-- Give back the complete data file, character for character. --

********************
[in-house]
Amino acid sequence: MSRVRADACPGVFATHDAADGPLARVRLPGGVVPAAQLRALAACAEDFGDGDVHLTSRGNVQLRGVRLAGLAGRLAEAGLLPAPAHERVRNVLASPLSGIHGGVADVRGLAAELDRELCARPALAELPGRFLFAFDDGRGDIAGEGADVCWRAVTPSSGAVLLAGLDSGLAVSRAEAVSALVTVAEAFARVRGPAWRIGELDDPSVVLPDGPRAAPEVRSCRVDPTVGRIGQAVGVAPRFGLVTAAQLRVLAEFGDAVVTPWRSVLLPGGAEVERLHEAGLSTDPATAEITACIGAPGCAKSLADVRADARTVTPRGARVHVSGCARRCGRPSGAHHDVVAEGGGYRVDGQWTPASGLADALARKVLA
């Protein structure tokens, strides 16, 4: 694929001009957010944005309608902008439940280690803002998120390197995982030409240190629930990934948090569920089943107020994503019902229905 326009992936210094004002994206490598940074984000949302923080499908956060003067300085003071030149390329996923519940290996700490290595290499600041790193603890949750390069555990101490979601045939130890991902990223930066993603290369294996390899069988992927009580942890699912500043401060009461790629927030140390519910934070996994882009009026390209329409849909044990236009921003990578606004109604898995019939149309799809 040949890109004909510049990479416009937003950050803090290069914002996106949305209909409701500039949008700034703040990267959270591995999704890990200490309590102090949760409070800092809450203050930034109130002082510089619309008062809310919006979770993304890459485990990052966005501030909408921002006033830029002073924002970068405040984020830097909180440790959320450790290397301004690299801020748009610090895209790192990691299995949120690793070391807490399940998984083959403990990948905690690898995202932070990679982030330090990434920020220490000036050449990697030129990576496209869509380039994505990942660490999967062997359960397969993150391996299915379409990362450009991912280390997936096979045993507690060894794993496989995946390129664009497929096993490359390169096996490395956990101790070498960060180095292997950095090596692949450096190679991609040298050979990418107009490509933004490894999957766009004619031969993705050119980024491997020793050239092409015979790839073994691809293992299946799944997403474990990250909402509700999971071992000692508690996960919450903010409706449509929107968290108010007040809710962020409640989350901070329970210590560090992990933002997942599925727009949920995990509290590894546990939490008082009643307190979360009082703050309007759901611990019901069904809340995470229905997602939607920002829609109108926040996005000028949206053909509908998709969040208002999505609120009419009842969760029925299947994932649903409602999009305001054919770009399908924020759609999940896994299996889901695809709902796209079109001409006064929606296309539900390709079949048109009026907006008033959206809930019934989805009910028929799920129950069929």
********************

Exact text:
[in-house]
Amino acid sequence: MSRVRADACPGVFATHDAADGPLARVRLPGGVVPAAQLRALAACAEDFGDGDVHLTSRGNVQLRGVRLAGLAGRLAEAGLLPAPAHERVRNVLASPLSGIHGGVADVRGLAAELDRELCARPALAELPGRFLFAFDDGRGDIAGEGADVCWRAVTPSSGAVLLAGLDSGLAVSRAEAVSALVTVAEAFARVRGPAWRIGELDDPSVVLPDGPRAAPEVRSCRVDPTVGRIGQAVGVAPRFGLVTAAQLRVLAEFGDAVVTPWRSVLLPGGAEVERLHEAGLSTDPATAEITACIGAPGCAKSLADVRADARTVTPRGARVHVSGCARRCGRPSGAHHDVVAEGGGYRVDGQWTPASGLADALARKVLA
């Protein structure tokens, strides 16, 4: 694929001009957010944005309608902008439940280690803002998120390197995982030409240190629930990934948090569920089943107020994503019902229905 326009992936210094004002994206490598940074984000949302923080499908956060003067300085003071030149390329996923519940290996700490290595290499600041790193603890949750390069555990101490979601045939130890991902990223930066993603290369294996390899069988992927009580942890699912500043401060009461790629927030140390519910934070996994882009009026390209329409849909044990236009921003990578606004109604898995019939149309799809 040949890109004909510049990479416009937003950050803090290069914002996106949305209909409701500039949008700034703040990267959270591995999704890990200490309590102090949760409070800092809450203050930034109130002082510089619309008062809310919006979770993304890459485990990052966005501030909408921002006033830029002073924002970068405040984020830097909180440790959320450790290397301004690299801020748009610090895209790192990691299995949120690793070391807490399940998984083959403990990948905690690898995202932070990679982030330090990434920020220490000036050449990697030129990576496209869509380039994505990942660490999967062997359960397969993150391996299915379409990362450009991912280390997936096979045993507690060894794993496989995946390129664009497929096993490359390169096996490395956990101790070498960060180095292997950095090596692949450096190679991609040298050979990418107009490509933004490894999957766009004619031969993705050119980024491997020793050239092409015979790839073994691809293992299946799944997403474990990250909402509700999971071992000692508690996960919450903010409706449509929107968290108010007040809710962020409640989350901070329970210590560090992990933002997942599925727009949920995990509290590894546990939490008082009643307190979360009082703050309007759901611990019901069904809340995470229905997602939607920002829609109108926040996005000028949206053909509908998709969040208002999505609120009419009842969760029925299947994932649903409602999009305001054919770009399908924020759609999940896994299996889901695809709902796209079109001409006064929606296309539900390709079949048109009026907006008033959206809930019934989805009910028929799920129950069929």